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When I first got my digital camera, words like Aperture, Shutter Speed and ISO were foreign to me, and it took me a couple of weeks of reading and studying a lot before the lightbulb turned on in my head. You might be feeling a little confused, and you may even feel like you will never get your camera out of Auto mode, because it’s just too hard to understand.
So, if you are unfamiliar with your camera, or just starting out, you might appreciate a little explanation of the basics. Sometimes reading about these things in slightly different words helps something new to click each time.
These three things work together to expose your picture perfectly, and after experimenting for a while, you may even find that you can use your knowledge of these three things to manipulate your picture for different effects.
The aperture or f-stop is how wide open your lens is. Imagine a hole: if it’s open just a teeny bit, there won’t be very much light coming through. If it’s a big hole, lots of light will come through. The tricky thing with aperture is that often confusing numbering system.
That confused the heck out of me at first, but now it’s second nature. It will become second nature to you too, after some practice!
Another thing that can be affected by aperture is depth of field, or how much of your picture is in sharp focus. A wide open aperture (small number) will make less in focus, and a closed down aperture (big number) will make more in focus. Let’s look at some photos that demonstrate depth of field:
With the aperture set to f/3.5 on the left, you have a blurrier background (my favorite). Also notice that the shutter speed (1/640th) is fairly HIGH, we’ll get to this later.
A little bit smaller aperture (bigger number), makes the background come into focus a bit more, and the shutter speed is slowed down.
See what I mean? If you want to play around with Aperture, try putting your camera in Aperture Priority mode (A on Nikon, Av on Canon – if you have a different camera, check your manual).
Now, remember that all three parts work together? You probably started seeing how if you noticed the shutter speed changing with each of those different aperture values in the pictures above.
The shutter speed is how fast the shutter opens and closes. If the shutter is open longer, more light is let into the camera. If it opens and closes really fast, less light is let in.
If you have a wide open aperture, your shutter speed will need to be faster, because you’re already letting a lot of light in the lens opening. If your aperture is small, your shutter will need to move slower, so there is more time for light to get to the sensor.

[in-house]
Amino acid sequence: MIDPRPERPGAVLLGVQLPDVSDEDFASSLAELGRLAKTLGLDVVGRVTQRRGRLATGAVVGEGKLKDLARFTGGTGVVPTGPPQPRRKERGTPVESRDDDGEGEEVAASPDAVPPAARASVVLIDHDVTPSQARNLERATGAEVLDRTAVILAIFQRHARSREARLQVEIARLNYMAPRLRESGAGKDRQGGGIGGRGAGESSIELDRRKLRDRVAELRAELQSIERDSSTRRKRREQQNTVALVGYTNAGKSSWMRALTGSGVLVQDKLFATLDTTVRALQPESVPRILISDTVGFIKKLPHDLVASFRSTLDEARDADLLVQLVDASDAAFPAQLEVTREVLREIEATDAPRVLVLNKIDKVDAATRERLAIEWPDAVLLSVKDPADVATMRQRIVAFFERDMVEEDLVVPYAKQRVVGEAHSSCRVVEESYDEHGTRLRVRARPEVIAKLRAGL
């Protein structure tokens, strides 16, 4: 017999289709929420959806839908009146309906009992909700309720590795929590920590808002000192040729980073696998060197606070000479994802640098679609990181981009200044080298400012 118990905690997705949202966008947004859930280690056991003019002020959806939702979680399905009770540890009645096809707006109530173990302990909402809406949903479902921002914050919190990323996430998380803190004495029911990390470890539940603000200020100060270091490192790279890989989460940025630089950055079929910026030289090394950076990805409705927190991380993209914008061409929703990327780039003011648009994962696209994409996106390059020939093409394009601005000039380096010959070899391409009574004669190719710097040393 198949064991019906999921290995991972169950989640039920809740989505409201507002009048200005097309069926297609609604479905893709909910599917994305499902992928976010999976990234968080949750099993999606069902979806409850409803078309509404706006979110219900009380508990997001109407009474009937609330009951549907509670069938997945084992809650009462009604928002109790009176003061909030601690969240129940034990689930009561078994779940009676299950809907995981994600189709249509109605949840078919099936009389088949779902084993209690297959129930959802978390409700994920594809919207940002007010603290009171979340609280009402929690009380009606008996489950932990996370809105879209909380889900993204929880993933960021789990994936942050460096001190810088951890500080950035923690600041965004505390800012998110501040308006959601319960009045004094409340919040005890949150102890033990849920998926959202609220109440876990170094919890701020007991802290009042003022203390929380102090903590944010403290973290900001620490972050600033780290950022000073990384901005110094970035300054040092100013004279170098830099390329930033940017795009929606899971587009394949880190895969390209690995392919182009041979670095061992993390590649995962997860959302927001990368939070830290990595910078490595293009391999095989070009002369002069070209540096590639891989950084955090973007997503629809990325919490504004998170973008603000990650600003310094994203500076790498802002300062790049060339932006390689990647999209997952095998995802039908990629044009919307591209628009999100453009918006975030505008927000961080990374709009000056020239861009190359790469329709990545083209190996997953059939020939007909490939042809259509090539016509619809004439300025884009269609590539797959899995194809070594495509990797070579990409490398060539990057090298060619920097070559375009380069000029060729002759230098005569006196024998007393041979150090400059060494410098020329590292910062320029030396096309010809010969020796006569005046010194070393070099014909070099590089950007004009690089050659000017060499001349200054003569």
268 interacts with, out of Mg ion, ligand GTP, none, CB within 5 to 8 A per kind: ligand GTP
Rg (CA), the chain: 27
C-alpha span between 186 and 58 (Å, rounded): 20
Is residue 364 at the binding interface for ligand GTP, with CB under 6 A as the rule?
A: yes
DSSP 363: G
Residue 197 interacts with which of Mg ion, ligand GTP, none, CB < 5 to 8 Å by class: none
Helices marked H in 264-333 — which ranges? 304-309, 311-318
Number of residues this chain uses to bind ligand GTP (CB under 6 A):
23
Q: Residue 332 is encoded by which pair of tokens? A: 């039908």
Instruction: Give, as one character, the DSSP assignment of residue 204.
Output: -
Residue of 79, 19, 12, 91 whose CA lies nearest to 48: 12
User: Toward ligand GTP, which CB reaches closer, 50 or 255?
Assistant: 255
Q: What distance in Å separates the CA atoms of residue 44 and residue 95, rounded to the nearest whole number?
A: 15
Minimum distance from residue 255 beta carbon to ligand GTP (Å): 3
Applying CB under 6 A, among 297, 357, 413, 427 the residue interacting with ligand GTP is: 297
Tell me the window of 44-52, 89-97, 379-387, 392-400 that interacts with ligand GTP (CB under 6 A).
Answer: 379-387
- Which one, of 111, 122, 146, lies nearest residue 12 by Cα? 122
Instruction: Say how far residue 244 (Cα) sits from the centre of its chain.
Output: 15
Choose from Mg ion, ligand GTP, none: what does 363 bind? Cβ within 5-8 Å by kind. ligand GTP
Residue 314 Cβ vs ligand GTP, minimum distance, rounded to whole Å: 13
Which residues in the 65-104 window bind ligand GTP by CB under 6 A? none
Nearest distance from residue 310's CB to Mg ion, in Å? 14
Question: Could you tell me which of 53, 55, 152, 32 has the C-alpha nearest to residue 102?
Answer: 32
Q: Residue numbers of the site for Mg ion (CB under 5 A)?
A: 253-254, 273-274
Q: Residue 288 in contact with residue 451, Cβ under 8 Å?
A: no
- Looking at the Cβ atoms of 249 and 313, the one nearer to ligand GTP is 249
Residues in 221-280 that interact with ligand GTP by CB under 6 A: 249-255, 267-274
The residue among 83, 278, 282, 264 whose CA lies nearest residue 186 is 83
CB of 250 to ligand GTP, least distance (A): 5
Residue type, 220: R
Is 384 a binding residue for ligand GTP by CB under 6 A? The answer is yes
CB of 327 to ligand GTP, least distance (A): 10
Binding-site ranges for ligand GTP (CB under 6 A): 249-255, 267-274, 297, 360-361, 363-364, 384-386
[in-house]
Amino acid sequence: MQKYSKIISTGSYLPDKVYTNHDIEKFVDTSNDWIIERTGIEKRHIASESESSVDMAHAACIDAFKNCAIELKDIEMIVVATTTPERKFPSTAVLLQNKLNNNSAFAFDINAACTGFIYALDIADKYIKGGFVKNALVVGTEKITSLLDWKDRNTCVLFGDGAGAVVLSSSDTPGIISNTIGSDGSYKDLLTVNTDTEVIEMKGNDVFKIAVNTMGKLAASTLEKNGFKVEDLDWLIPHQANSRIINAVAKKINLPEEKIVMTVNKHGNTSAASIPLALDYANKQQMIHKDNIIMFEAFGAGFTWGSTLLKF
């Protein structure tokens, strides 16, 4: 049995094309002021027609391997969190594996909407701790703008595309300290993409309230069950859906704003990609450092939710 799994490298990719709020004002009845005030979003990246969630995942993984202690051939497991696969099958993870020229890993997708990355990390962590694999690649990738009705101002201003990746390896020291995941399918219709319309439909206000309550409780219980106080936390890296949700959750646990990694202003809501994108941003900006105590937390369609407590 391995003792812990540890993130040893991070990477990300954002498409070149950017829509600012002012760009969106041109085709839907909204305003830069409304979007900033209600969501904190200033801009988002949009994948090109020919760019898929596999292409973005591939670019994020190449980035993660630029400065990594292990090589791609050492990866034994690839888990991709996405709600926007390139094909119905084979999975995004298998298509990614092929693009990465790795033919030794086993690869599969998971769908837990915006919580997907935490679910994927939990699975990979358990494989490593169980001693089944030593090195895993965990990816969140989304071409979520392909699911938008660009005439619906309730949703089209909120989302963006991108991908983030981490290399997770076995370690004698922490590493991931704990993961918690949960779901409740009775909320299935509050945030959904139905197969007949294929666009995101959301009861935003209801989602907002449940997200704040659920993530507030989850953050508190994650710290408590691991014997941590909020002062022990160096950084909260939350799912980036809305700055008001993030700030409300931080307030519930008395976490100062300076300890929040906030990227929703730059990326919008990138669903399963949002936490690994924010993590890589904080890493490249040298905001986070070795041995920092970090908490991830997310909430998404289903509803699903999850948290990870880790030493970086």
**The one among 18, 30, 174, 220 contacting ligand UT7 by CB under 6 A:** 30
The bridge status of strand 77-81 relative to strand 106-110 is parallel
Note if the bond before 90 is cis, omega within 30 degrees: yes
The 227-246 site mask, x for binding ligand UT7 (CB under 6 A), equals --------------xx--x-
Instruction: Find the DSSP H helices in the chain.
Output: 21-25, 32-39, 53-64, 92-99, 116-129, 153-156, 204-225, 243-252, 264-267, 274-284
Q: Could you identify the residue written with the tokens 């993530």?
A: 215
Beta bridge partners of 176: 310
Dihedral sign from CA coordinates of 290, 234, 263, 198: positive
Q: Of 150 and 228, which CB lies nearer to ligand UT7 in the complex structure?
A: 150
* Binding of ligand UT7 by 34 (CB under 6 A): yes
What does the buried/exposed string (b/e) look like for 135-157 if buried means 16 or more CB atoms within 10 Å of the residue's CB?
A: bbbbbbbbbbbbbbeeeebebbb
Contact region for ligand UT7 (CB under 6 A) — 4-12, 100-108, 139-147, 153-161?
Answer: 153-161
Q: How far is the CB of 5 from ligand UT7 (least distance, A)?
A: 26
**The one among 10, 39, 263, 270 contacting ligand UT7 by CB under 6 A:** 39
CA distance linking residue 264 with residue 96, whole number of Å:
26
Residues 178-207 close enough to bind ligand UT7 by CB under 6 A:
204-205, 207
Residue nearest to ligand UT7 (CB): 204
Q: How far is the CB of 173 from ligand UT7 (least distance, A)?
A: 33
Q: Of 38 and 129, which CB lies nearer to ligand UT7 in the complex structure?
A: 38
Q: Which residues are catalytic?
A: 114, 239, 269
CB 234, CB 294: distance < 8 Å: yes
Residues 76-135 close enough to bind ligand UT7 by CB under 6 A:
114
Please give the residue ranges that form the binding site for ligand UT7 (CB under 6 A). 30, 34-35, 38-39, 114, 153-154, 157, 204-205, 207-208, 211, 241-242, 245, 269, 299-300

If you want to freeze the action, or hand-hold your camera, then a faster shutter speed is needed. If you want to create blur, then you need a slower shutter speed. For example:
The vehicle in the photo on the left was driving past my house quite fast, but since I had the shutter speed set to 1/2000th of a second, it froze the action. It looks like the vehicle could be sitting still in the middle of the road.
The truck on the right is a blur going past, but everything else is still. 1/10th of a second was slow enough to blur the truck as it sped past. Notice the f-stop. Since the shutter was open for so long, the opening in the lens needed to be smaller to balance the exposure.
Try putting your camera in Shutter Priority mode (S on Nikon, Tv (time value) on Canon) to experiment with different shutter speeds. As you play with these different priority modes, notice what the camera chooses for the rest of your settings. The more you pay attention to these things, the more knowledge you’ll have to be able to set everything yourself in the future.
Okay, so now you’re probably asking, how does ISO fit into all of this?
The ISO is your camera’s mood. It can be all uptight and picky, or it can be easy-going and laid back. If you have the ISO set to a low number (100) your camera will want light, and plenty of it, because it’s going to take a smooth, crisp picture, and this requires perfect conditions. If you have your ISO set to a high number (3200) it can handle low light, because it’s not going to work as hard – a noisy (grainy) picture is good enough for Mr. High ISO.
So, how does this apply to your photography? Let’s say you wanted to take a picture in the evening, and you don’t want to use a flash. Just bump the ISO up, and it will allow you to have a faster shutter speed, or a smaller aperture (bigger number) and still accept the light conditions to expose correctly. Or, if you’re taking pictures at a sporting event, and you want to make sure you catch that action, but the light isn’t great, bump the ISO up. Or you may even want that moody grainy effect (it can be really cool)!
If you ever get frustrated because there’s just not enough light, and your pictures are blurry because the shutter speed isn’t fast enough, and you’re about to scream – just remember to bump the ISO. You could also leave this on Auto, but I usually don’t. My camera always seems to choose a higher ISO than I feel it needs. However, don’t forget to put it back down after you’re done. You don’t want to take a whole bunch of photos in the middle of the day at a 3200 ISO because you forgot to change it after your evening indoor party photos the night before.
Here’s a little demonstration:
The photo above was taken in a very dimly lit room. Notice the digital noise?Notice the crispness of the photo below?
Well, that’s the exposure triangle in a nutshell. I hope this helped, especially if these three exposure factors have been confusing to you in the past. Please ask any questions in the comments, and I’ll answer them the best I can.